And a little Googling brings us something rather amazing. It turns out that the St. Paul Ballet has collaborated with a boxing gym, Element Boxing, to put on a performance that reveals what dancers can learn from boxers and what boxers can learn from dancers. I sometimes argue with my fellow writing instructors about how “transferable” formal writings skills, like paragraphing and the composition of school essays, are to other contexts. Well, if boxers and dancers are able to teach each other skills across the boundary between art and sport, I’m going to remain hopeful about the the boundary between academic and professional writing, even classic and romantic style. If writing can be like an iceberg, surely a writer can be a like a dancer, or like a boxer. Indeed, as Hemingway probably understood as well as anyone ever has, whether you’re a writer or a boxer or a dancer — and even if you’re an iceberg — it’s all about the “the dignity of movement.”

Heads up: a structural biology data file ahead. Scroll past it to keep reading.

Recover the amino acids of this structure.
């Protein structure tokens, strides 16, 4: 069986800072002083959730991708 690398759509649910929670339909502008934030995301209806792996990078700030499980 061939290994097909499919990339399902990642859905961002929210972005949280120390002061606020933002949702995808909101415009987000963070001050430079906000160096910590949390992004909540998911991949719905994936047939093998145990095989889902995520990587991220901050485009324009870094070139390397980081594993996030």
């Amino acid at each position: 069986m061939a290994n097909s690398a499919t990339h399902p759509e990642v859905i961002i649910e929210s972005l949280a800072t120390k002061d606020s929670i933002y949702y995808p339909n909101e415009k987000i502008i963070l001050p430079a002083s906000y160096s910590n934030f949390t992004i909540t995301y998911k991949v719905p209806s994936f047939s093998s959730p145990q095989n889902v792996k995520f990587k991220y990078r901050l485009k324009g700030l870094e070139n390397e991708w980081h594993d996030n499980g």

As I said in my last post, remember that there is no single moment in a fight or a dance, and certainly not a in a career, that makes or breaks you. Even Jennifer Beals falls on her first attempt at the audition. Even “The Greatest” lost “The Fight of the Century”. The important thing is to work on your discipline every day (or at least every other day), building the skills that will serve you, round after round, sequence after sequence, paragraph after paragraph, moment after moment. Let the bell save you now and then. If you fall, pick yourself up and start again. Whatever you do, please remember to think kindly of the reader and make sure they’re on the same page, i.e., in the same ring or on the same floor. Don’t treat someone who came to fight as though it’s just a dance — they’ll think you’re making fun of them. And — for obvious reasons — do not punch someone who just wanted to dance.